Colorado receives more than $2 million in suicide prevention grants

Colorado receives more than $2 million in suicide prevention grants

The U.S. Department of Health and Human Services (HHS) recently awarded Colorado $2.4 million in Mental Health and Substance Abuse Service grants to be used for suicide prevention.

One Coloradoan dies from suicide every seven hours.

Funds are divided between three organizations. The Colorado Department of Public Health and Environment received $800,000, the Ute Mountain Tribe received $799,992, and Colorado State University received $797,848.

“As our country is facing an unprecedented challenge in responding to COVID-19, suicide prevention is now more important than ever, and I’m pleased to see this important funding delivered to support Coloradans,” U.S. Senator Cory Gardner (R-CO) said. “Suicide does not discriminate between rural and urban areas or by income, and it causes heartbreak and loss in communities in every single one of our states. I will keep fighting to increase access to life-saving services for Coloradans facing mental health crises, including through funding, and passage of S. 2661, my bipartisan legislation to designate 9-8-8 as a three-digit suicide hotline.”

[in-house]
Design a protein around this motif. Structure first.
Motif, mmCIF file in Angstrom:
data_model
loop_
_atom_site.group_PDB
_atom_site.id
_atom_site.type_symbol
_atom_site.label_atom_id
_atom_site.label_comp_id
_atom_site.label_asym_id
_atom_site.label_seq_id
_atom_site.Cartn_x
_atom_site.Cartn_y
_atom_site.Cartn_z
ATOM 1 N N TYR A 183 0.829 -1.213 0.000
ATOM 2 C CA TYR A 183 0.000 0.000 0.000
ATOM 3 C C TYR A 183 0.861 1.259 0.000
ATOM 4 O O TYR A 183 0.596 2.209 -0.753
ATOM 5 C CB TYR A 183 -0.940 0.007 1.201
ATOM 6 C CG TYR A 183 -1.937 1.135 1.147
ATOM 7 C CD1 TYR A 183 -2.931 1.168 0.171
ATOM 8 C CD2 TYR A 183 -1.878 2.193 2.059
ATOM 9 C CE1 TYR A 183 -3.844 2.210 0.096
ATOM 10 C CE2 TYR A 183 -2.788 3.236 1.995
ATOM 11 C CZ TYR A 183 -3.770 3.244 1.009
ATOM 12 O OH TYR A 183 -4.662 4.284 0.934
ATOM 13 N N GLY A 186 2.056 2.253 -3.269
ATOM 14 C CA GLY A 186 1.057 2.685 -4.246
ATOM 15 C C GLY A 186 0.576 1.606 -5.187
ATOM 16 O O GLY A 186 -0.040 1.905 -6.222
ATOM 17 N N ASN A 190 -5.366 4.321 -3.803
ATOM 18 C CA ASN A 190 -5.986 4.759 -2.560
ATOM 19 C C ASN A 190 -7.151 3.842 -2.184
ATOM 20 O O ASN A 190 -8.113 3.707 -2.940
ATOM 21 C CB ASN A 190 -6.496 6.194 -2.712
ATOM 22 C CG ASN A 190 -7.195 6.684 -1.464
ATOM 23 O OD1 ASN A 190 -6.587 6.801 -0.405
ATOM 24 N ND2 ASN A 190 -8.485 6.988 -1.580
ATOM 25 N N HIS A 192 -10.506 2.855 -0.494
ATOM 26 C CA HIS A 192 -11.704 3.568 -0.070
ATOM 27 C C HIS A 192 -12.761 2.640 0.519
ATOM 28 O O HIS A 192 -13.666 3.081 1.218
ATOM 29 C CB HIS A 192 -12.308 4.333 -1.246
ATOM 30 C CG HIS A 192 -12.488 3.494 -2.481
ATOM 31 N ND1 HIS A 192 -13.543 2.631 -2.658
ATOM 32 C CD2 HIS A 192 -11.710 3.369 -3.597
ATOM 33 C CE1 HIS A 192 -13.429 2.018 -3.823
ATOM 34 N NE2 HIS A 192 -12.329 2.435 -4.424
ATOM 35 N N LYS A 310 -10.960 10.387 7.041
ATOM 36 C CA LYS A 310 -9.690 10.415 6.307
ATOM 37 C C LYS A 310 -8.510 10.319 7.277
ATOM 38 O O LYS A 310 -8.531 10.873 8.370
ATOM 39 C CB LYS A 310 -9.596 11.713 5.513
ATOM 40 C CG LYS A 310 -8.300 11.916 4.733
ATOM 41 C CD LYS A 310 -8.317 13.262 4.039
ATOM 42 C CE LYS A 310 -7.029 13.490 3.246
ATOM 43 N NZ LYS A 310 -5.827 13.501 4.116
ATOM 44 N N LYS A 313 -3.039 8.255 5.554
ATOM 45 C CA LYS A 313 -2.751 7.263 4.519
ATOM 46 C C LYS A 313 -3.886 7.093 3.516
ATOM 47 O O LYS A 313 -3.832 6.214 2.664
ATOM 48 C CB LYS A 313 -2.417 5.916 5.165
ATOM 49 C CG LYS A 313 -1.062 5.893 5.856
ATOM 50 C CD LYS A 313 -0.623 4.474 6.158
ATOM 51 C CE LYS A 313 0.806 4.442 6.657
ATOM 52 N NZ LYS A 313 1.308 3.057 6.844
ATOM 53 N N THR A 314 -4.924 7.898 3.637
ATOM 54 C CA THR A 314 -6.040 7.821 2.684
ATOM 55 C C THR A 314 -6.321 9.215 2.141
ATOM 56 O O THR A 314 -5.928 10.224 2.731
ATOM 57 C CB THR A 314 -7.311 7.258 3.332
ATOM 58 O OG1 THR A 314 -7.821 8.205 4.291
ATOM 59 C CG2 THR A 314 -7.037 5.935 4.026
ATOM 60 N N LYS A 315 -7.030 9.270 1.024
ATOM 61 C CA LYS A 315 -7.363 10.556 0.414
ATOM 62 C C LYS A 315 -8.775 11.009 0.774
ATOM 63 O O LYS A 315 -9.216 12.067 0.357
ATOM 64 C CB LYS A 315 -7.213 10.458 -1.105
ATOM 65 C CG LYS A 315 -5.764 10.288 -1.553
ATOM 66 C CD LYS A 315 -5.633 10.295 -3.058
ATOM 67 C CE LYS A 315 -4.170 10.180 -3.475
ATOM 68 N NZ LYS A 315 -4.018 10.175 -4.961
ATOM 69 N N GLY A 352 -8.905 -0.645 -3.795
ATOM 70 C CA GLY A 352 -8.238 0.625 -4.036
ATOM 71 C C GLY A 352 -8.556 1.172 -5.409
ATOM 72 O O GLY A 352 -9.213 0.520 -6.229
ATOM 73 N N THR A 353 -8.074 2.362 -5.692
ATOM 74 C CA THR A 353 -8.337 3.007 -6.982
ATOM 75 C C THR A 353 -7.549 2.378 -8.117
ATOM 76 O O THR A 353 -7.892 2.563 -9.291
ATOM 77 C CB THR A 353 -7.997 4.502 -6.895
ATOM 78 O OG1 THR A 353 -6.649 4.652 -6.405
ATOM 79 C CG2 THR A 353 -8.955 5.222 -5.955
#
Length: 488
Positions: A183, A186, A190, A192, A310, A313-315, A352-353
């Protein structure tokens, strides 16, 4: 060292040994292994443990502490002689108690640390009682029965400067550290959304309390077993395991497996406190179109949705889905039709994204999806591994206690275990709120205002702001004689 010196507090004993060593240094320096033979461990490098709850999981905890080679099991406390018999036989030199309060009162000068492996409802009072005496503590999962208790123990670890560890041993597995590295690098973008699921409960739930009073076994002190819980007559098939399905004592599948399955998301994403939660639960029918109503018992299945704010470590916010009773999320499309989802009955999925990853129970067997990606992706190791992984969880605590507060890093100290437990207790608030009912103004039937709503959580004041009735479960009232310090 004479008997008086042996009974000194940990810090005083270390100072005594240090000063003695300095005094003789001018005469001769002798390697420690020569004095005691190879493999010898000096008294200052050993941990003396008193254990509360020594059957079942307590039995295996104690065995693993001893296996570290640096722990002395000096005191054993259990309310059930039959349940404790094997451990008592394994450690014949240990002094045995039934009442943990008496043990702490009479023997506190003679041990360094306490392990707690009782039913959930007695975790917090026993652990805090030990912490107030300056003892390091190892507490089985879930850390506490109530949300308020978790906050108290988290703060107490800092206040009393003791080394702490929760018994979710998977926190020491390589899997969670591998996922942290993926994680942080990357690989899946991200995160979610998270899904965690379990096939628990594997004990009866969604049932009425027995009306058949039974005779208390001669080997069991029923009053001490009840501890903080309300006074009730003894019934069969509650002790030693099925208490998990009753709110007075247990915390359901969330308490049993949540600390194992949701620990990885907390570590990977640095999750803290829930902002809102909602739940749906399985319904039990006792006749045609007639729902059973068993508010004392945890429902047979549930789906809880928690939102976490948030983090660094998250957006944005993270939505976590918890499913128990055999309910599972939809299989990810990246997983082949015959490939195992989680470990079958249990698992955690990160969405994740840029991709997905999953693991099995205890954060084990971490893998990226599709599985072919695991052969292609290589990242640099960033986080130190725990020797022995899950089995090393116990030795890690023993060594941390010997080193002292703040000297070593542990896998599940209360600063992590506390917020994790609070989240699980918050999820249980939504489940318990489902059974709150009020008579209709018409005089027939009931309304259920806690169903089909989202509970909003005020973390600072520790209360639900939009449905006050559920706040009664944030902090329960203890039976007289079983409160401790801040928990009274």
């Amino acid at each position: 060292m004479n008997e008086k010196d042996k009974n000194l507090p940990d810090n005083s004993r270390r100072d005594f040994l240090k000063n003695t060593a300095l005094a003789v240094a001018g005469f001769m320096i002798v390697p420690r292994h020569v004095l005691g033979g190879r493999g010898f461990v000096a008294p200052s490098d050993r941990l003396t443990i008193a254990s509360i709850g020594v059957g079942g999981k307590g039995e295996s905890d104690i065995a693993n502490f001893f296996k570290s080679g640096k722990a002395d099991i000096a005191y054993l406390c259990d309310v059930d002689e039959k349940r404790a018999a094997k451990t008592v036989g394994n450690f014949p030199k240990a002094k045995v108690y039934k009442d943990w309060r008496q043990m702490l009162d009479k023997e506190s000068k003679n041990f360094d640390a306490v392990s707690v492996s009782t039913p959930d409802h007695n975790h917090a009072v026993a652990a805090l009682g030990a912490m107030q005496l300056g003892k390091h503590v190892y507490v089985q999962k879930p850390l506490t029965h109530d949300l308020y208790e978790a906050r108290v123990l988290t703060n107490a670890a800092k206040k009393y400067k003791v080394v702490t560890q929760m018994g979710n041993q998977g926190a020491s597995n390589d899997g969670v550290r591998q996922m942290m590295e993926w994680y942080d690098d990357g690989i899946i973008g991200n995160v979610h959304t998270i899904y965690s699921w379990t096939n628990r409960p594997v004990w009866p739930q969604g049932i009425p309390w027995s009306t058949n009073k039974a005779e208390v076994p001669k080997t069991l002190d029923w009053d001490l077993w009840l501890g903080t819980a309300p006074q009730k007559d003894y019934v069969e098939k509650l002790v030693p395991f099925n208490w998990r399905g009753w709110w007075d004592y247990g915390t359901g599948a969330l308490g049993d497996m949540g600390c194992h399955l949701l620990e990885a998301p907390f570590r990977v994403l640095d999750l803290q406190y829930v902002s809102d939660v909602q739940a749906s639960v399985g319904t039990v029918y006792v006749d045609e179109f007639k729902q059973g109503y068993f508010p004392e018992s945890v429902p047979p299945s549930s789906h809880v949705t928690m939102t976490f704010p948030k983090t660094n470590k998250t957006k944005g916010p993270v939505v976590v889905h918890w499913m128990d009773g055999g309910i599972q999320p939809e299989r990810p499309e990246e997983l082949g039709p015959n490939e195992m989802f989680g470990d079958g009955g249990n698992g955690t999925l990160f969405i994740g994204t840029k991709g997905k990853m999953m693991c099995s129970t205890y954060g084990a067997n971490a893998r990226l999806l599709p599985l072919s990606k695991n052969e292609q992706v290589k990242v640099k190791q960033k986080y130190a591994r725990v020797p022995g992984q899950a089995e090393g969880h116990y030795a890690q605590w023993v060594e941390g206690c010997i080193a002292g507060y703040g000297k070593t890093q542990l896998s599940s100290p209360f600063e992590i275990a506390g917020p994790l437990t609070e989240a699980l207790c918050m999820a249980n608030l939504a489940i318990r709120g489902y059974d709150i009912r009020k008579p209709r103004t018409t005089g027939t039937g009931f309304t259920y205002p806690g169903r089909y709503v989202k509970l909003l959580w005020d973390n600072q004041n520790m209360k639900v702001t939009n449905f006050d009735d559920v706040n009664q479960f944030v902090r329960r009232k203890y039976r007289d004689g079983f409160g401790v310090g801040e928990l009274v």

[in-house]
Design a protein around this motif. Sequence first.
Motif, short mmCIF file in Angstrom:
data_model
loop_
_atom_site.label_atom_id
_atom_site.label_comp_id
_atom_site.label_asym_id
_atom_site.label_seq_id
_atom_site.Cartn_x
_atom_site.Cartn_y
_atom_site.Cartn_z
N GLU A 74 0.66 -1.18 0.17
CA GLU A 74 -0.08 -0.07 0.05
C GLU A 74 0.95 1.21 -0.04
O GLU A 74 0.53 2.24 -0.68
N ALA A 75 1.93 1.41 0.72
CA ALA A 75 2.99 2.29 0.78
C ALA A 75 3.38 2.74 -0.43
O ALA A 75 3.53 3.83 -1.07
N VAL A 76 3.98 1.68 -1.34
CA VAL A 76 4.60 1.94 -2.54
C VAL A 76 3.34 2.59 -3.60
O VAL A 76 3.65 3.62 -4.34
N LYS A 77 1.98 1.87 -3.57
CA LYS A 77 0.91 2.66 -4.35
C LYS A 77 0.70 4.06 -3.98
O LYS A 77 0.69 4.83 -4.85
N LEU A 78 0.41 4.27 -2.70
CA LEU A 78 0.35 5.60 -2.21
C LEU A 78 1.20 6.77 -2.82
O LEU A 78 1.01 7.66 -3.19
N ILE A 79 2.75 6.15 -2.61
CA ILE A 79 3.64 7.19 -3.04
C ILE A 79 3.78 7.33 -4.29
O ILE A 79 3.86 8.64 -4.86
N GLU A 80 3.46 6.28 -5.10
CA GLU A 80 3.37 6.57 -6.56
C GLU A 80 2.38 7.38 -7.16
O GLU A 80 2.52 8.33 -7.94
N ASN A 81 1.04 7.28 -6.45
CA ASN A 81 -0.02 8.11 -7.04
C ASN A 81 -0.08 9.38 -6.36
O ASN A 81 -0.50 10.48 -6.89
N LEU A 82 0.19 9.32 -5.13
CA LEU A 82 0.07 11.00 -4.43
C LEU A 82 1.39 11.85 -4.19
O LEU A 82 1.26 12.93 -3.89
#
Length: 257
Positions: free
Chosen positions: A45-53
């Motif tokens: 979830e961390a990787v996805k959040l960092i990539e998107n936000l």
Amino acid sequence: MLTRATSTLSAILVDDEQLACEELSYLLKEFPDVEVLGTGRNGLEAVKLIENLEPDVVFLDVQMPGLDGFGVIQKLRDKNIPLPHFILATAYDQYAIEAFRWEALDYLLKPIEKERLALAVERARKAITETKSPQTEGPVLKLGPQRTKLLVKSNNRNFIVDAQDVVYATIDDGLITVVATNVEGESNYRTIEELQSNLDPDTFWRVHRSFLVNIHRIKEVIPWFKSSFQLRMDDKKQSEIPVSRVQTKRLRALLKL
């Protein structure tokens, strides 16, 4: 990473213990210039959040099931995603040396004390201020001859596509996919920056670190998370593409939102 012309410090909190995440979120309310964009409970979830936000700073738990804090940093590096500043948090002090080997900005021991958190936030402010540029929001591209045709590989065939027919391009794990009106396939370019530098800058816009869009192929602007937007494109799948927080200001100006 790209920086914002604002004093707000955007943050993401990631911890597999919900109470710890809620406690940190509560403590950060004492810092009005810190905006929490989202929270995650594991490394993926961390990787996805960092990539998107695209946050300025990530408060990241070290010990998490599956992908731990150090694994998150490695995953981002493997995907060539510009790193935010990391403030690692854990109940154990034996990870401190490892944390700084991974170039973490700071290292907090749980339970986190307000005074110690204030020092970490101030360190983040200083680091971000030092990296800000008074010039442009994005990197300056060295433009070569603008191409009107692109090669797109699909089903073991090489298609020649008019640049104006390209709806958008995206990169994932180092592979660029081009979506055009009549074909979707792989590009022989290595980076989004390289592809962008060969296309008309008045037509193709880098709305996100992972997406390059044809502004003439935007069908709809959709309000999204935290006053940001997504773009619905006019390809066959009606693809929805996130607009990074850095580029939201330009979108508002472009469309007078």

The National Suicide Hotline Designation Act, S. 2661, designates 9-8-8 as the national suicide prevention and mental health crisis hotline. The bill passed the Senate in May and is under consideration in the House.

The bill has bipartisan support.